4. Brian Ahearn
    Brian Ahearn says:

    As I read you comment one word came to mind – questioning. I've been taught, and read in multiple sources, that good salespeople will talk 25-30% of the time. The reason that's the case is because good salespeople ask a lot of questions. Those questions will uncover needs and allow the salesperson to show their value at the same time.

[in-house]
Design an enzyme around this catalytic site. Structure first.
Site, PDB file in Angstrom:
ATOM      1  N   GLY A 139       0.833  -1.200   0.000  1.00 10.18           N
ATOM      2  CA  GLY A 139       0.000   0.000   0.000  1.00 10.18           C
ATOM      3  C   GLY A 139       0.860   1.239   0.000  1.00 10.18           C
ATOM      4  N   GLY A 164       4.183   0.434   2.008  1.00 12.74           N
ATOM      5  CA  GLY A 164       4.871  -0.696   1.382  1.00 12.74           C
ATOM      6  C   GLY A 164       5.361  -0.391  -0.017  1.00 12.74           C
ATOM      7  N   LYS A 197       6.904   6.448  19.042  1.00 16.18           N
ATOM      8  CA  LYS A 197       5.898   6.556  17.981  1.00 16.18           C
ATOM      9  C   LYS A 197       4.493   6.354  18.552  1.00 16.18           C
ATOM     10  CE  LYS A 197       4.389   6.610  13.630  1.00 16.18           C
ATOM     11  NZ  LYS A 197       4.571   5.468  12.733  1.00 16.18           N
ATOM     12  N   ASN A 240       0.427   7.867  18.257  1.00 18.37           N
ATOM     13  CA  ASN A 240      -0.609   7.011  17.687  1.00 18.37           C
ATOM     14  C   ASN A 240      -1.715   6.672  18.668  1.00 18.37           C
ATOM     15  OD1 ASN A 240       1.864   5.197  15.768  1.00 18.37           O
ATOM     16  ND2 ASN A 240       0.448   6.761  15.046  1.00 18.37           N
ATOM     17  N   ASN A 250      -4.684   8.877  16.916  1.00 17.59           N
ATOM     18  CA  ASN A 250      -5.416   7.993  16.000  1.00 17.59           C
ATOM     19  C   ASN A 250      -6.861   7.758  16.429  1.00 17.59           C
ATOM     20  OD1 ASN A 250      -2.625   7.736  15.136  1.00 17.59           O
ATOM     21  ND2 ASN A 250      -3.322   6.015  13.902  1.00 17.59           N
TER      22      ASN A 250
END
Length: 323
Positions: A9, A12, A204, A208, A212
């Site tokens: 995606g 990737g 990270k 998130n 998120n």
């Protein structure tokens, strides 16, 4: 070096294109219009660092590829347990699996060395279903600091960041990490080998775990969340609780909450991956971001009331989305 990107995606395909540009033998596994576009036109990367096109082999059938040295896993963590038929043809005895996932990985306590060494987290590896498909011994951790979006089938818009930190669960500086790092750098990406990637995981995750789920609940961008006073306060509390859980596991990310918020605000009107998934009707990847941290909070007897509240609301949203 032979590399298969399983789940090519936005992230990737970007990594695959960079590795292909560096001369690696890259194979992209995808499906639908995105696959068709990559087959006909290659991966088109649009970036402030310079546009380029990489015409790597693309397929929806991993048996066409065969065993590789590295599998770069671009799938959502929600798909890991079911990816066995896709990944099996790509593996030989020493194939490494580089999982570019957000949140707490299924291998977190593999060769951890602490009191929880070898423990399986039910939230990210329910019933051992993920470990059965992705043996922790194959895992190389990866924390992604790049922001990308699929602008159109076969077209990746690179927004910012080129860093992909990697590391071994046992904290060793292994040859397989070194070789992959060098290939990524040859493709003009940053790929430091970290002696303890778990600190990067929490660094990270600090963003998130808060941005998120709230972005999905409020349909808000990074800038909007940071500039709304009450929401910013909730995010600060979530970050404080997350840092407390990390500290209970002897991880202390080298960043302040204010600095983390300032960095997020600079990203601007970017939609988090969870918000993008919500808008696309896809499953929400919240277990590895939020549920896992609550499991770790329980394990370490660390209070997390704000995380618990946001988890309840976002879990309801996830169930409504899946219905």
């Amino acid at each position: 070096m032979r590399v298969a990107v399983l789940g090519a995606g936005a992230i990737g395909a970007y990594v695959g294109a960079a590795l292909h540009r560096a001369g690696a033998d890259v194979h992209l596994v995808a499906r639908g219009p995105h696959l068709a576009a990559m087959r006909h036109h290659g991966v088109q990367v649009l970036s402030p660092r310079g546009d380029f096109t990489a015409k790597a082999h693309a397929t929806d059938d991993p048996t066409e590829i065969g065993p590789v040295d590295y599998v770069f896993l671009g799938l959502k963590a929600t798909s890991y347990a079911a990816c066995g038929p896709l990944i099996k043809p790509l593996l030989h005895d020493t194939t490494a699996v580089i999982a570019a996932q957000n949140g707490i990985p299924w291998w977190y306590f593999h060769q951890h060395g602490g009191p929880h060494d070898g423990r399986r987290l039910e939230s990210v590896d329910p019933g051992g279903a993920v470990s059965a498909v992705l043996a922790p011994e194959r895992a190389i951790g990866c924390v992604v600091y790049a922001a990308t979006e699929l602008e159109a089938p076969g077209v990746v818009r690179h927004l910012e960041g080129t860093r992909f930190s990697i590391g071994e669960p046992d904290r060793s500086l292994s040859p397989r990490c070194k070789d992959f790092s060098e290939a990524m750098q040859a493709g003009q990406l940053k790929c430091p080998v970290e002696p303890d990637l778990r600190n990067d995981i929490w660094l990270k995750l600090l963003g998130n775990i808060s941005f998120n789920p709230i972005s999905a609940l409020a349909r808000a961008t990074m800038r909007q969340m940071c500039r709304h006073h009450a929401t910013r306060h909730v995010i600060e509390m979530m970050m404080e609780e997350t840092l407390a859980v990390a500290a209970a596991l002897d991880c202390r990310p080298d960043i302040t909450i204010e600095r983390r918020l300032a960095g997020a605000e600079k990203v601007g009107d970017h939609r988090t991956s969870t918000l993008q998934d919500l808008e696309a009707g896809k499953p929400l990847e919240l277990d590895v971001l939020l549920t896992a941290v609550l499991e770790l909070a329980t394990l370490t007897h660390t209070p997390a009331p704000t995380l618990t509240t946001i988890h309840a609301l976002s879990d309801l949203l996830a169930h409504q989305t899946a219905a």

"The customer is always right" came to mind reading your comment. The salesperson would proceed at their own peril if it's clear the customer wants price up front. However, if that happened with any consistency I would wonder about the salesperson's ability to qualify potential customers. If a salesperson knows their price will be higher than most competitors then they should make sure well before the presentation that they're dealing with customers who aren't just shopping for low price. That's accomplished through questions and an upfront close.